Ethical Approaches to Human Remains: A Global Challenge in Bioarchaeology and Forensic Anthropology 1st ed. 2019 [Hardback]

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  • Formāts: Hardback, 649 pages, height x width: 235x155 mm, weight: 1490 g, 50 Illustrations, color; XXVII, 649 p. 50 illus. in color., 1 Hardback
  • Izdošanas datums: 02-Jan-2020
  • Izdevniecība: Springer Nature Switzerland AG
  • ISBN-10: 3030329259
  • ISBN-13: 9783030329259
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  • Formāts: Hardback, 649 pages, height x width: 235x155 mm, weight: 1490 g, 50 Illustrations, color; XXVII, 649 p. 50 illus. in color., 1 Hardback
  • Izdošanas datums: 02-Jan-2020
  • Izdevniecība: Springer Nature Switzerland AG
  • ISBN-10: 3030329259
  • ISBN-13: 9783030329259
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This book is the first of its kind, combining international perspectives on the current ethical considerations and challenges facing bioarchaeologists in the recovery, analysis, curation, and display of human remains. It explores how museum curators, commercial practitioners, forensic anthropologists, and bioarchaeologists deal with ethical issues pertaining to human remains in traditional and digital settings around the world. 
 
The book not only raises key ethical questions concerning the study, display, and curation of skeletal remains that bioarchaeologists must face and overcome in different countries, but also explores how this global community can work together to increase awareness of similar and, indeed, disparate ethical considerations around the world and how they can be addressed in working practices. 
 
The key aspects addressed include ethics in bioarchaeology and forensic anthropology, the excavation, curation, and display of human remains, repatriation, and new imaging techniques. As such, the book offers an ideal guide for students and practitioners in the fields of bioarchaeology, osteoarchaeology, forensic anthropology, medical anthropology, archaeology, anatomy, museum and archive studies, and philosophy, detailing how some ethical dilemmas have been addressed and which future dilemmas need to be considered.
Philosophical approaches to the ethics of bioarchaeology.- The scientific value of human remains.- History and ethics of bioarchaeology.- Excavation of human remains.- Analysis of human remains.- Curation of human remains.- Repatriation of human remains.- Displaying the dead.- Religions and ethics.- Funerary aspects of ethics.- Imaging techniques and the rise of social media.- Ethics in Forensic Anthropology.- Case Studies.- Closing Remarks and Future Directions and Challenges.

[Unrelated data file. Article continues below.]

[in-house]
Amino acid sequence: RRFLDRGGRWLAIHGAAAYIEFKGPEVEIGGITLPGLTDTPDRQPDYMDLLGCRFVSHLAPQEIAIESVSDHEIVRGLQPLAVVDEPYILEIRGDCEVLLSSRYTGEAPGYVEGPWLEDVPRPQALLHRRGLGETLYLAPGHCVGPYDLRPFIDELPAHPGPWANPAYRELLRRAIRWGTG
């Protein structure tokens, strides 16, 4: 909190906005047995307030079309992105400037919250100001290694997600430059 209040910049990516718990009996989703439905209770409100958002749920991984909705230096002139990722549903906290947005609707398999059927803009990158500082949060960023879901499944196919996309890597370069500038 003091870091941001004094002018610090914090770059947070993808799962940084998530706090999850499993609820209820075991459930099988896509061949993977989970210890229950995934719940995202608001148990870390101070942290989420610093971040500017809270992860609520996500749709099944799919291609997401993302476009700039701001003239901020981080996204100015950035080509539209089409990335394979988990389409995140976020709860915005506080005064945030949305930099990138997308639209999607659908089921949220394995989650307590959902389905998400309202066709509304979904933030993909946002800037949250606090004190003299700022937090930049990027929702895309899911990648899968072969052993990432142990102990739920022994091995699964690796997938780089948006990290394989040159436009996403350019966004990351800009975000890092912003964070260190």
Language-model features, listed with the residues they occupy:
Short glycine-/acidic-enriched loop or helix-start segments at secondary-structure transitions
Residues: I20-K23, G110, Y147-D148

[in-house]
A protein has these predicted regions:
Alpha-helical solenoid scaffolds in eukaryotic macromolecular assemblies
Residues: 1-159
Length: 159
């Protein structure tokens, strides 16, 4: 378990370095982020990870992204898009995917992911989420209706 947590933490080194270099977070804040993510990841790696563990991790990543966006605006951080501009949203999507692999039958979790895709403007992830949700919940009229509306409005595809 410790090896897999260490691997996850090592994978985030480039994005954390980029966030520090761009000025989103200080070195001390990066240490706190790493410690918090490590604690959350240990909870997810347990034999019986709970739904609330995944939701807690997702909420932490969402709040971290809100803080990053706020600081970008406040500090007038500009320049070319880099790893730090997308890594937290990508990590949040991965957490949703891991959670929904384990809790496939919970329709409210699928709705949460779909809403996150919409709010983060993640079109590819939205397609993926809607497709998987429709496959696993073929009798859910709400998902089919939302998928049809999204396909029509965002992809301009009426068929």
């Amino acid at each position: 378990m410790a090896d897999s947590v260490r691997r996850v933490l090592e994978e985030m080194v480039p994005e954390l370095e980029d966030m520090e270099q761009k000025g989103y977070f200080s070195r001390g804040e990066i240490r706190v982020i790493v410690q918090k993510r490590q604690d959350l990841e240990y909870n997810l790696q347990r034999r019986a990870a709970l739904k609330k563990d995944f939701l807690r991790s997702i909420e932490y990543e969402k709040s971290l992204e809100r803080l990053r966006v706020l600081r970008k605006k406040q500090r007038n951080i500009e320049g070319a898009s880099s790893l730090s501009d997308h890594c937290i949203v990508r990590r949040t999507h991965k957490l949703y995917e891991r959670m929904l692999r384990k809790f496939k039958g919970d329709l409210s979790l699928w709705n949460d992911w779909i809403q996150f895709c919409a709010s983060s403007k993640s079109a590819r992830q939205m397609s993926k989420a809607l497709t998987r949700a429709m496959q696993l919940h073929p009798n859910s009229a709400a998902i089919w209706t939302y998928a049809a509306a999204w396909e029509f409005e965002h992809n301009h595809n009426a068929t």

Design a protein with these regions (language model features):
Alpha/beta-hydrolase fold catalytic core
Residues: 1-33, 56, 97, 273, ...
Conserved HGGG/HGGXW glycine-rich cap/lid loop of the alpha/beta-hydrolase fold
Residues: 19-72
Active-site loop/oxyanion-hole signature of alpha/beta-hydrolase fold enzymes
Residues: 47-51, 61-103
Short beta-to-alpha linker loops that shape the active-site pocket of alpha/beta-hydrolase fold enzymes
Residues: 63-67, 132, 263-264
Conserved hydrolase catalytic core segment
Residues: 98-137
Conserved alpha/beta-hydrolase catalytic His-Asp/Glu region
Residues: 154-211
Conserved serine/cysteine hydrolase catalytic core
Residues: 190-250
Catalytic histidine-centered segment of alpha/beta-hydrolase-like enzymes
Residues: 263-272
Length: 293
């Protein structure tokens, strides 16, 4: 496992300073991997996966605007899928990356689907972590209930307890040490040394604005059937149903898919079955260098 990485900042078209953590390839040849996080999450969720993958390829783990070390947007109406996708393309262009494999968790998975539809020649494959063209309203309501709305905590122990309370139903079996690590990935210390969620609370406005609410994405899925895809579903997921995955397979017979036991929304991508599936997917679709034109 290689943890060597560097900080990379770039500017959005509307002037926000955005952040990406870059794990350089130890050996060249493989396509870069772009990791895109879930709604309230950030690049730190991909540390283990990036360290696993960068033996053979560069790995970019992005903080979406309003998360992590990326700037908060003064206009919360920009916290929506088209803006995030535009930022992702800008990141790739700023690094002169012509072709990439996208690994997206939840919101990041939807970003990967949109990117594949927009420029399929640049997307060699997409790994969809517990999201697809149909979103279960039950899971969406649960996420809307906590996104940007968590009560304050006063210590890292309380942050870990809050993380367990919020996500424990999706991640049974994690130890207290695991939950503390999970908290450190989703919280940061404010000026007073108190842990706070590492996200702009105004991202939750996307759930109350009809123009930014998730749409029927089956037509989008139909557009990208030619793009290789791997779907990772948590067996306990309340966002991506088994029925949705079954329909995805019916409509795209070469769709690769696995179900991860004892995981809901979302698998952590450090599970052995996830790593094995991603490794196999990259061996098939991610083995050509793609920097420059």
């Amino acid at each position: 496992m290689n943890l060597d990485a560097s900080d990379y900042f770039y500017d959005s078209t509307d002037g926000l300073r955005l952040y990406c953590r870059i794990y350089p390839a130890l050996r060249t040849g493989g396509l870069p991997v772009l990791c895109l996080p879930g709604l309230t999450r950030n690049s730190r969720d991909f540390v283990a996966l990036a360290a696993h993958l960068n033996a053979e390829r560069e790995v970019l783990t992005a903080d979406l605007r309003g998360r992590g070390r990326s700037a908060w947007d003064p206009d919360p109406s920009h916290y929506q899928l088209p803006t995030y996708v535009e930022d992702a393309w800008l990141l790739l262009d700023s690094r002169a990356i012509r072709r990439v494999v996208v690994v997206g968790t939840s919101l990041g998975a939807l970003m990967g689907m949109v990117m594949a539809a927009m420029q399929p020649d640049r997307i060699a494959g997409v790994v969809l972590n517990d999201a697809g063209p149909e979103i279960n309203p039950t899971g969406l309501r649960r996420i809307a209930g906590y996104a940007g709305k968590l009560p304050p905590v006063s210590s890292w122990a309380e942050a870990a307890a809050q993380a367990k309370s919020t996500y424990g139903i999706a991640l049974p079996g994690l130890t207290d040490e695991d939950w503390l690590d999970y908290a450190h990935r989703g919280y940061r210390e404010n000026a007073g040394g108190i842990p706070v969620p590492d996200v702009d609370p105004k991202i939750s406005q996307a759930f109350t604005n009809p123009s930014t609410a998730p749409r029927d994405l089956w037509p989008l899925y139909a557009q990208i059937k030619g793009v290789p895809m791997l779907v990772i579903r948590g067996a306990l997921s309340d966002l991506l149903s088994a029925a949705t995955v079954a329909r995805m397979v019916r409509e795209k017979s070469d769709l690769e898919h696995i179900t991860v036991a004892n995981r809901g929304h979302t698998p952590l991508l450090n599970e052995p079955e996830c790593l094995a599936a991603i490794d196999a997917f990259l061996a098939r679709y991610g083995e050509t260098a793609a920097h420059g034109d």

Kirsty Squires is a Senior Lecturer in Forensic Anthropology and MSc Forensic Science award leader at Staffordshire University. Kirsty's primary research interests lie in the analysis and interpretation of burned skeletal remains from archaeological and forensic contexts, early medieval funerary archaeology, the archaeology of childhood, and ethical considerations within osteoarchaeology and forensic anthropology. She has over 10 years of experience in the excavation and analysis of human skeletal remains. Kirsty is the Outreach Officer for the Society for the Study of Childhood in the Past and a Research Associate of the Observatory for the Mummified Heritage of Sicily, Santa Lucia del Mela. David Errickson is a Lecturer in Forensic Archaeology and Anthropology at Cranfield Forensic Institute, Cranfield University, UK. David has a research focus on 3D technology and its use in quantitative analysis, learning, and teaching. David has a passion for ethical discussion and is a co-creator of the ethical forum on digital osteology; a discussion group on ethical considerations with regards to human remains. Likewise, David has co-edited the new British Association for Biological Anthropology and Osteoarchaeology ethical guidance on the use of 2D and 3D images pertaining to human remains. Finally, David has co-authored a chapter with Dr. Nicholas Marquez-Grant on ethical considerations with regards to 3D imaging. Nicholas Marquez-Grant is a Senior Lecturer and the MSc Course Director in Forensic Archaeology and Anthropology at Cranfield Forensic Institute, Cranfield University, UK. He is also a Research Affiliate at the School of Anthropology and Museum Ethnography, University of Oxford, UK. He has over 20 years of experience in the excavation and analysis of human remains from a variety of archaeological contexts and is increasingly working on ethical aspects in bioarchaeology and forensic anthropology. As a forensic practitioner, he has acted in the UK as an expert witness in Forensic Anthropology and Archaeology.